Record Details

NHER Number:51301
Type of record:Building
Name:King's Lynn Railway Station, Blackfriars Road

Summary

The first station at King's Lynn was a timber building constructed in 1846 and the present gault brick building was constructed in 1871-2 by Robert Skipper of Dereham. Although it was built by Great Eastern Railway, the station was also used by the Great Northern Railway and the Midland Railway which had connections to east and west. These were amalgamated into the Midland and Great Northern Joint Railway in 1893, and their presence continued with offices at King's Lynn until 1936. The station was improved and added to in 1910 and it has not been greatly changed since apart from the removal of the porte-cochere and the abandonment of one of the main platforms. It remains a well-preserved example of an unusual design of station, but it now only has electric trains south to Ely and on to London.

Images - none

Location

Grid Reference:TF 62283 20061
Map Sheet:TF62SW
Parish:KING’S LYNN, WEST NORFOLK, NORFOLK

Full description

The first station at King's Lynn was a timber building constructed in 1846.
The present gault brick building was constructed for the Great Eastern Railway in 1871-2 by Robert Skipper of Dereham.
Traffic increased at this time due to the opening of the Lynn and Sutton Bridge Railway in 1864 and also partly to the purchase of Sandringham House by Queen Victoria (see NHER 13591). It was built by Great Eastern Railway, but was also used by the Great Northern Railway and the Midland Railway, which had connections to east and west. These were amalgamated into the Midland and Great Northern Joint Railway in 1893, and their presence continued with offices at King's Lynn until 1936. The station was improved and added to in 1910, again because of the enhanced popularity of the area in the Edwardian period. It is perhaps significant that its name was changed from Lynn to King's Lynn on 01/01/1911. The station has not been greatly changed since apart from the removal of the porte-cochere and the abandonment of one of the main platforms. The station was listed in 2001 as a well-preserved example of an unusual design of station. It now only has electric trains south to Ely and on to London.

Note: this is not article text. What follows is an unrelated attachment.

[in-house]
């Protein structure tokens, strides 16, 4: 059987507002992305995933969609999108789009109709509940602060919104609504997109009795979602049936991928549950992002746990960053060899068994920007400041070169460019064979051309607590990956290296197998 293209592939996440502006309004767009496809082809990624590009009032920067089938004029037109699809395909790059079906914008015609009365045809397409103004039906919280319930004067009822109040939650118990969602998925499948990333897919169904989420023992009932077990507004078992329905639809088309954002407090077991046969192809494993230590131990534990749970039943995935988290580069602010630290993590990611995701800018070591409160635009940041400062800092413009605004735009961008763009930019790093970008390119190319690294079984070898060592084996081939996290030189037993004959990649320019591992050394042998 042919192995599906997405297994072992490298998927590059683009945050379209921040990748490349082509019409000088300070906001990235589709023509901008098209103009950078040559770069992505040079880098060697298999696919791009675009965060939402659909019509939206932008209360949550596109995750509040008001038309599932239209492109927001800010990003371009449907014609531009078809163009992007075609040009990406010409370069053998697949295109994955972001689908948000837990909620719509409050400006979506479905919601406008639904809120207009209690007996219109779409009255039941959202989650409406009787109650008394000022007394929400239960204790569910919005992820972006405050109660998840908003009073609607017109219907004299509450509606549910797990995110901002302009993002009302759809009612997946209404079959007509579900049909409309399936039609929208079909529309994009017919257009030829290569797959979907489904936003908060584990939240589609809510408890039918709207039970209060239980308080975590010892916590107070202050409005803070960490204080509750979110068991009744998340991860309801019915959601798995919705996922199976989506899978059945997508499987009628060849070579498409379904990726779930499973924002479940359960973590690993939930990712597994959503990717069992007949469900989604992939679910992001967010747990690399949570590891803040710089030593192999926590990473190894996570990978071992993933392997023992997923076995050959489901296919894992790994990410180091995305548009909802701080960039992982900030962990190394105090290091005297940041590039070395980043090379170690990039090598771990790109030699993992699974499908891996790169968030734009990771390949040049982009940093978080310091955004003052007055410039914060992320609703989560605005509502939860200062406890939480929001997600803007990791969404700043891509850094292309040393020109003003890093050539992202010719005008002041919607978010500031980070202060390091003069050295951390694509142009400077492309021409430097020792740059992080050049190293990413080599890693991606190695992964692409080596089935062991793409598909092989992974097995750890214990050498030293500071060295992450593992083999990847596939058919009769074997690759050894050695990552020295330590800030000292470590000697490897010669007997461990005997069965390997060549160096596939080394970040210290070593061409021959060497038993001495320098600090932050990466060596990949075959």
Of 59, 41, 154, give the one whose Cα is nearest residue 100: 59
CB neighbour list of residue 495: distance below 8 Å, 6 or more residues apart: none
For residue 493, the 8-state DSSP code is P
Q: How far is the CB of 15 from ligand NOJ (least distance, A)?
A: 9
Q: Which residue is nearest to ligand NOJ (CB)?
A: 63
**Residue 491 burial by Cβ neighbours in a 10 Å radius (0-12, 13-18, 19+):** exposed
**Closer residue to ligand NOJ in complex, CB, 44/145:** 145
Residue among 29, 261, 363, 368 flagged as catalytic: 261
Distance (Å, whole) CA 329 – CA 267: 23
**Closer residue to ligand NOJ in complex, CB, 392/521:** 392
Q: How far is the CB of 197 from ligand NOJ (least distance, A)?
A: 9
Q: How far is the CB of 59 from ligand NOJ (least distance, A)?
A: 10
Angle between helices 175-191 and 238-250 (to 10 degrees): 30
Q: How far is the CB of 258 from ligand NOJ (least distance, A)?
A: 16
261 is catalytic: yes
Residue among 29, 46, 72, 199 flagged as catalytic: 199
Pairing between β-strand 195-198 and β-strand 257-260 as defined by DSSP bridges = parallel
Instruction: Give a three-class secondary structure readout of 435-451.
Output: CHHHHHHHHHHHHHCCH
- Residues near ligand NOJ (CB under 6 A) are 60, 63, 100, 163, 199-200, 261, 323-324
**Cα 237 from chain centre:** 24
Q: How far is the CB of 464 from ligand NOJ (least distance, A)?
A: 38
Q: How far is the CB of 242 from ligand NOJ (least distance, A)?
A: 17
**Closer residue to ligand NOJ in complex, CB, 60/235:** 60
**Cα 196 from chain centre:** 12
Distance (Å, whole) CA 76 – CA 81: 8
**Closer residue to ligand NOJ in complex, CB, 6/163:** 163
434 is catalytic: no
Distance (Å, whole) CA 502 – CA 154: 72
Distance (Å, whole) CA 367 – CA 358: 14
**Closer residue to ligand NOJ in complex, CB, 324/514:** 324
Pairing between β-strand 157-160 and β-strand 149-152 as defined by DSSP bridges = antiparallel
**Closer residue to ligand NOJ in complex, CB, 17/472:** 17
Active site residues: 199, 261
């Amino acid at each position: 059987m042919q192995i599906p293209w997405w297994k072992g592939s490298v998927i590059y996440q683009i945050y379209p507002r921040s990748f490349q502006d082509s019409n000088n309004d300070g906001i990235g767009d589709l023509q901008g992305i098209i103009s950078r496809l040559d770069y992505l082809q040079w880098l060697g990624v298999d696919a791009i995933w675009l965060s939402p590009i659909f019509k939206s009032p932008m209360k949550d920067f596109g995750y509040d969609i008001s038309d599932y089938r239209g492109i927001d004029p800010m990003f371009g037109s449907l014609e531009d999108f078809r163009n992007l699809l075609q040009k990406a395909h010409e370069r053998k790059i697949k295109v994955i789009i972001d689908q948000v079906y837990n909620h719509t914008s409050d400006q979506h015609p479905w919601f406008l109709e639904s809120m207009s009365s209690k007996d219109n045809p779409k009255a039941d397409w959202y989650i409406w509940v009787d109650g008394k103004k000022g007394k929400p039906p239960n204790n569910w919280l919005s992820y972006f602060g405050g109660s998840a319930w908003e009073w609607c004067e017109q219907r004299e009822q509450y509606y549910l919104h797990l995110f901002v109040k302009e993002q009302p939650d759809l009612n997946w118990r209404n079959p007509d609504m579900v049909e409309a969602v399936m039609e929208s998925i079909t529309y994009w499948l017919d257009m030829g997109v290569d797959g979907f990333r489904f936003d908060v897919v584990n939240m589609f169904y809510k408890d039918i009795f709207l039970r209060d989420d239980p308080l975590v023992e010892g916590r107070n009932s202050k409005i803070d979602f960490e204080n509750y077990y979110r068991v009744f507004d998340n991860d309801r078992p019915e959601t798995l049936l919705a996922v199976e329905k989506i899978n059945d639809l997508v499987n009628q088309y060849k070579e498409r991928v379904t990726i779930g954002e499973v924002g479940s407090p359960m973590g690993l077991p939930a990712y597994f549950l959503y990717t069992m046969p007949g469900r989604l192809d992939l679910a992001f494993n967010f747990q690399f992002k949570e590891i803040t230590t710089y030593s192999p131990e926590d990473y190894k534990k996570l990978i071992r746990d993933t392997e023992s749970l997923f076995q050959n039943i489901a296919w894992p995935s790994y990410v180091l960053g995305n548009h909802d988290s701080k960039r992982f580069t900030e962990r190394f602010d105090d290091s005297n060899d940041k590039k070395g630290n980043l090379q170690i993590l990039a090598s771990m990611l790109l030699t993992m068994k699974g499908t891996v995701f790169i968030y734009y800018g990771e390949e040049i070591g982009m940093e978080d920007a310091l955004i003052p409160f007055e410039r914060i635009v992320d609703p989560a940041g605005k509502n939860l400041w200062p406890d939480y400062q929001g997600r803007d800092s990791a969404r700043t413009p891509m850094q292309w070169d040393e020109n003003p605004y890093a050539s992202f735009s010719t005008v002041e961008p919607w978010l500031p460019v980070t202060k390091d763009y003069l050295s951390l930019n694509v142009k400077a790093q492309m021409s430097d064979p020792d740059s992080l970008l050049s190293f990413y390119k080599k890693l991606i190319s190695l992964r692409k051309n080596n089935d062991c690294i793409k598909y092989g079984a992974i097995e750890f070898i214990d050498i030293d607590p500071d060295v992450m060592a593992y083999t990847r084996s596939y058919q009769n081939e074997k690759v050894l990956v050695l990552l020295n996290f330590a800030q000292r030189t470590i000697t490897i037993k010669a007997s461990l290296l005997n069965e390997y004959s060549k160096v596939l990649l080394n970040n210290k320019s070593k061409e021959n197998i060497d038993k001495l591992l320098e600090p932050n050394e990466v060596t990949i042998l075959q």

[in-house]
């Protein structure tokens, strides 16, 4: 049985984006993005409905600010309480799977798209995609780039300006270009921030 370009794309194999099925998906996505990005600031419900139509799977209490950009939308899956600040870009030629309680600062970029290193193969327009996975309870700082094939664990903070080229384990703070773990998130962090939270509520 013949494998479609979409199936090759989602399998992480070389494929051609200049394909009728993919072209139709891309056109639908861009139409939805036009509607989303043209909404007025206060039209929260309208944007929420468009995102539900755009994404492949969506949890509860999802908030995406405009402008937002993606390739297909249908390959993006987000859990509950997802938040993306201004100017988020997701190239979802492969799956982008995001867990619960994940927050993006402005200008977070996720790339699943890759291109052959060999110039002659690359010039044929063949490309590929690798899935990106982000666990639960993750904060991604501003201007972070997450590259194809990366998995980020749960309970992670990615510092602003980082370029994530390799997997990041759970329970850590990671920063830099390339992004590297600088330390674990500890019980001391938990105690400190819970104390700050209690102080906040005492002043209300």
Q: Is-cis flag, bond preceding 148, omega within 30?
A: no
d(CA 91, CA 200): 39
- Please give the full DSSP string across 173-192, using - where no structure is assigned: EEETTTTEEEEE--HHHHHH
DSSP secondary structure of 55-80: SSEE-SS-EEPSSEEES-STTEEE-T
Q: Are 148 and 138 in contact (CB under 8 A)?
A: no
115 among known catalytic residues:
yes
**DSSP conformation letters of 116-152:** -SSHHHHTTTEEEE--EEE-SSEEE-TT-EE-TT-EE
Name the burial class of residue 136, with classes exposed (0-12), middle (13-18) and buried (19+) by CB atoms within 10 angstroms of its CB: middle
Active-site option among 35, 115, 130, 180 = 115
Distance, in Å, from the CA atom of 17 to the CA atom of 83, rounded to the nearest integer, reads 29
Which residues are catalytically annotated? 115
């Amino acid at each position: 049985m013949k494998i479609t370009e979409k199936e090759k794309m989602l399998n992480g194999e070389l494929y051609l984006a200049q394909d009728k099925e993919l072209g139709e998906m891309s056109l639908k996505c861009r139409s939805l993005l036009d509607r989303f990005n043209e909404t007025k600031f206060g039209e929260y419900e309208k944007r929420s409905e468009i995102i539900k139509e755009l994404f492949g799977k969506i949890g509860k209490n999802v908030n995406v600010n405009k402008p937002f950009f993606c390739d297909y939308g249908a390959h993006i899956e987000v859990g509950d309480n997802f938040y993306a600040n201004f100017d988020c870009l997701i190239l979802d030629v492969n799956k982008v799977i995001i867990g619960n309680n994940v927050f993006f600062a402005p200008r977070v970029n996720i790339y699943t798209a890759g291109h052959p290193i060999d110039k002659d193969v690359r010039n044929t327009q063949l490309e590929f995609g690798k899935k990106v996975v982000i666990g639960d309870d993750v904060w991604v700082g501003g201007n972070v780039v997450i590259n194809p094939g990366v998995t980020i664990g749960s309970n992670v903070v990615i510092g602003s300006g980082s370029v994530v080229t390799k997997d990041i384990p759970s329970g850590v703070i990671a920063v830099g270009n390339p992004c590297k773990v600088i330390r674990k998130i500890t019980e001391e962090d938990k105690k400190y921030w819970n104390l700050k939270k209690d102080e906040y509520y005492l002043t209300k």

Information from (S1).
H. Hamilton (NLA), 05 March 2008.

1977.
A set of tools presented to Mr. Edwin Elmer Durrant (mayor of Lynn in 1871) which were used to lay the foundation stone for King's Lynn railway station were presented to King's Lunn Museum.
Information from press cutting (S2).
H. Hamilton (NLA), 05 March 2008.

See press cutting (S3) for 1914 photograph of the team of 51 horses which pulled wagons in the good sheds at King's Lynn station and Lynn docks.
H. Hamilton (NLA), 05 March 2008.

Monument Types

  • RAILWAY STATION (Post Medieval - 1846 AD to 1871 AD)
  • RAILWAY STATION (Post Medieval to Modern - 1871 AD to 2050 AD)

Associated Finds - none

Protected Status

  • Listed Building

Sources and further reading

---Secondary File: Secondary file.
<S1>Scheduling record: English Heritage. List of Buildings of Historical and Architectural Interest.
<S2>Newspaper Article: 1977. Eastern Daily Press. 24 March. 24 March.
<S3>Newspaper Article: 1993. Eastern Daily Press. 5 March. 5 March.

Related records

37378Parent of: Medieval brick finds and post medieval structural remains (Monument)
13594Related to: East Anglian Railway, originally known as Lynn and Ely (Monument)
13592Related to: King's Lynn Dock Railway (Monument)
13600Related to: Route of Lynn and Dereham Railway (later Great Eastern) (Monument)
13591Related to: Route of Lynn and Hunstanton Railway (Monument)
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